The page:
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Classic erotic poems, with the first edition of the commentaries by a renowned homosexual scholar

CATULLUS, Gaius Valerius and Marc-Antoine MURET.
[Carmina]. Catullus, et in eum commentarius M. Antonii Mureti.
Venice, Paulus Manutius, 1554. 8vo. With Aldus's woodcut device on the title-page, repeated on the verso of the otherwise blank final leaf, and spaces with guide letters left for 2 5-line and about 60 3-line manuscript initials (not filled in). Set in an Aldine italic (with upright capitals) with occasional words (mostly names) in roman and frequent passages in Greek. Gold-tooled mottled calf (ca. 1700).
€ 3,500
First edition to include Muret's important and influential commentaries, of the poems of the passionate (if self-centred) Roman poet Catullus (84-ca. 54 BCE), often given the collective title Carmina. Both the poems and the commentaries appear here in the original Latin. Poems 18 and 19 are addressed to the fertility god Pirapus, best known for his enormous perpetual erection, and poem 20 is also a Priapeia. Many are addressed to "Lesbia", whom Catullus passionately loved. He gave her this pseudonym in allusion to the Greek love poems of Sappho from the Island of Lesbos, which influenced him strongly. She is generally identified as Clodia, the wife of a Roman nobleman. Catullus was one of her several lovers and he names and rails against some of the others. While Catullus's greatest passions were heterosexual, poems 48, 50 and 99 express romantic and sexual interests in men. In his poems he is quick to attack others, both politically and personally, and after he fell out with two male friends he wrote poem 16, threatening to sexually abuse them.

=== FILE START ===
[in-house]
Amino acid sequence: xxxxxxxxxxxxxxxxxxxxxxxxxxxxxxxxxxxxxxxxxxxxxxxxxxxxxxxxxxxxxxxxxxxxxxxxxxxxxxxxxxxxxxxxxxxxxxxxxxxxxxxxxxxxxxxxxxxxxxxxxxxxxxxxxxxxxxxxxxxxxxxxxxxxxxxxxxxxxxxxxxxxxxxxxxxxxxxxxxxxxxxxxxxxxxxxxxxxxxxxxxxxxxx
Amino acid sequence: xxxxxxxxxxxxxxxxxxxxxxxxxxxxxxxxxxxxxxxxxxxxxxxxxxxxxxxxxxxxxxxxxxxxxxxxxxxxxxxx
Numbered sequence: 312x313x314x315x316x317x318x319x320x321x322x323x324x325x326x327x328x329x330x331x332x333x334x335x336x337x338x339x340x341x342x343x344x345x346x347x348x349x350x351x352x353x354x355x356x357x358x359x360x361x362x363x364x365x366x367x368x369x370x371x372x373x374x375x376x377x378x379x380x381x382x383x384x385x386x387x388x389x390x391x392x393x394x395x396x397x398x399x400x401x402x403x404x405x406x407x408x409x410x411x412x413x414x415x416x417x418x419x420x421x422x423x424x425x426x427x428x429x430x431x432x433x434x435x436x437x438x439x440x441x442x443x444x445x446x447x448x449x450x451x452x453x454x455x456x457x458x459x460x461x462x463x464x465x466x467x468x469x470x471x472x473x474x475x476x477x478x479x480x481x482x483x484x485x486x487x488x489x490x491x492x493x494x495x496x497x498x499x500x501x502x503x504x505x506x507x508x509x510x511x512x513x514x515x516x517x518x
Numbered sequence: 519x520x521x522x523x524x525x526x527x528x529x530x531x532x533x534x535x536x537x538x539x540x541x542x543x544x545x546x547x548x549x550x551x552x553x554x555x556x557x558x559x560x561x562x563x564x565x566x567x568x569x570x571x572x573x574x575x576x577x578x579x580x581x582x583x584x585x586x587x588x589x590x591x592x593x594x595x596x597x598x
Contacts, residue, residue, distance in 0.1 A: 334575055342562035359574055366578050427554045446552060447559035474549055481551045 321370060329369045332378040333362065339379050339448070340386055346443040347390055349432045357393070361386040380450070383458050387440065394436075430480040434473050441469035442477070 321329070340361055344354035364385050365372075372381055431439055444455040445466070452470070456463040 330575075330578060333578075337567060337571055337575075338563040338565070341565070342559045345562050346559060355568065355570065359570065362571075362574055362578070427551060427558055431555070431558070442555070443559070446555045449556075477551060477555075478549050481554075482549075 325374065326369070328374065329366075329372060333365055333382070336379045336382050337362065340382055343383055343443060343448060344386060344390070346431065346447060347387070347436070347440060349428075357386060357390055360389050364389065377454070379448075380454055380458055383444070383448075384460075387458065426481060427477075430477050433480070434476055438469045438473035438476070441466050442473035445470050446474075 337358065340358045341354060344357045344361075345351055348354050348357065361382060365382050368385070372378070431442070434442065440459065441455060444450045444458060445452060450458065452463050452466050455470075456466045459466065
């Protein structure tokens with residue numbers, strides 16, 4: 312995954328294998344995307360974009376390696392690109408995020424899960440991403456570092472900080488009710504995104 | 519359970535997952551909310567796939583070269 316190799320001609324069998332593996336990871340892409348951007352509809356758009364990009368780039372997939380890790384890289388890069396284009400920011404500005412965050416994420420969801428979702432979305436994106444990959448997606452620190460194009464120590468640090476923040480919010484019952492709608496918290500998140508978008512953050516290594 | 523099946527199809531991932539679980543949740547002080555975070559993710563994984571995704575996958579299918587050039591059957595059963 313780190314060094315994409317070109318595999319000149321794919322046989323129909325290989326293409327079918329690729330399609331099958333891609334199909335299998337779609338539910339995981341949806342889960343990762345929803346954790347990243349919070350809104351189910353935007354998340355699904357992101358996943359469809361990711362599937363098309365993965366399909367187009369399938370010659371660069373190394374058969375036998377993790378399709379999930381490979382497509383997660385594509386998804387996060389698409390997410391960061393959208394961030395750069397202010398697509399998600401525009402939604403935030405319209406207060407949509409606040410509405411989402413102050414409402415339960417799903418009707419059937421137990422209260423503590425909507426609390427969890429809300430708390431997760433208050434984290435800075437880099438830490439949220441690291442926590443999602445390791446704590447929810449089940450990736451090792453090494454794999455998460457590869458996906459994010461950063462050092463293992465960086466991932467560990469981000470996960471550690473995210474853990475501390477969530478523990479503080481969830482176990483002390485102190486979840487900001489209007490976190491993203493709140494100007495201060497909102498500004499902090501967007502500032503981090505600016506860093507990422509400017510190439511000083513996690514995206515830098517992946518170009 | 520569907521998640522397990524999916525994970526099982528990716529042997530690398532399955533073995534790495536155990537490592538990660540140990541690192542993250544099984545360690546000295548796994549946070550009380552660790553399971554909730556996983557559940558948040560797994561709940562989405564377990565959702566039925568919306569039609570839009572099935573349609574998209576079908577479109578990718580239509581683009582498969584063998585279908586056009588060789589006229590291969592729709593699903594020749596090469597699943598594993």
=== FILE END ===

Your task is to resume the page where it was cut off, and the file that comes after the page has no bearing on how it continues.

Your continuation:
The French humanist Marc-Antoine Muret (1526-1585), recognised as a brilliant scholar in his teens, taught at Paris from 1551, when he published his first book there. Accused of being a Huguenot and a homosexual, he had to flee Paris in late 1553 but Adus Manutius's son Paulus, who had taken charge of the family's Venice printing office, offered him shelter. The present book was Muret's first publication in Venice.
With minor damage to the lower outside corner of the first few leaves, not approaching the text, but still in very good condition. The hinges are slightly worn and the spine label has a small chip, but the binding is otherwise also very good.
Adams C1145; EDIT 16, 10364; Gay & Lemonnyer I, col. 498; Renouard 162; Marilyn Skinner, Companion to Catullus, passim; USTC 821188.
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Early printing & manuscripts  >  Art History & Literature
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Literature & linguistics  >  Greek & Roman Classics